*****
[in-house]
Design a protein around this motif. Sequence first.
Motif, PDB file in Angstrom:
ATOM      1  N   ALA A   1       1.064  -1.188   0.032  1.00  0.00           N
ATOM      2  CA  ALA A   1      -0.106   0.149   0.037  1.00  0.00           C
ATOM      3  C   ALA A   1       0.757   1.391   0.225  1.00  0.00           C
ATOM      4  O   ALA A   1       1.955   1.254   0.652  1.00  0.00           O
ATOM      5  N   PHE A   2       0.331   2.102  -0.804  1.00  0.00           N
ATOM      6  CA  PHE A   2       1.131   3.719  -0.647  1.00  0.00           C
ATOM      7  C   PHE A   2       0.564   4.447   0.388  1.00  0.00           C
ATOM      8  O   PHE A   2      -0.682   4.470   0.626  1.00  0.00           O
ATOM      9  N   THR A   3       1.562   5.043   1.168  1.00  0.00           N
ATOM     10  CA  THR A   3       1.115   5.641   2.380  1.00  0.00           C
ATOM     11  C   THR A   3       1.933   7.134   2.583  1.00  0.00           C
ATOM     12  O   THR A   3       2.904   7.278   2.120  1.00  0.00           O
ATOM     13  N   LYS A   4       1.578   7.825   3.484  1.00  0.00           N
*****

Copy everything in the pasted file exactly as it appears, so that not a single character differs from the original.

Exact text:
[in-house]
Design a protein around this motif. Sequence first.
Motif, PDB file in Angstrom:
ATOM      1  N   ALA A   1       1.064  -1.188   0.032  1.00  0.00           N
ATOM      2  CA  ALA A   1      -0.106   0.149   0.037  1.00  0.00           C
ATOM      3  C   ALA A   1       0.757   1.391   0.225  1.00  0.00           C
ATOM      4  O   ALA A   1       1.955   1.254   0.652  1.00  0.00           O
ATOM      5  N   PHE A   2       0.331   2.102  -0.804  1.00  0.00           N
ATOM      6  CA  PHE A   2       1.131   3.719  -0.647  1.00  0.00           C
ATOM      7  C   PHE A   2       0.564   4.447   0.388  1.00  0.00           C
ATOM      8  O   PHE A   2      -0.682   4.470   0.626  1.00  0.00           O
ATOM      9  N   THR A   3       1.562   5.043   1.168  1.00  0.00           N
ATOM     10  CA  THR A   3       1.115   5.641   2.380  1.00  0.00           C
ATOM     11  C   THR A   3       1.933   7.134   2.583  1.00  0.00           C
ATOM     12  O   THR A   3       2.904   7.278   2.120  1.00  0.00           O
ATOM     13  N   LYS A   4       1.578   7.825   3.484  1.00  0.00           N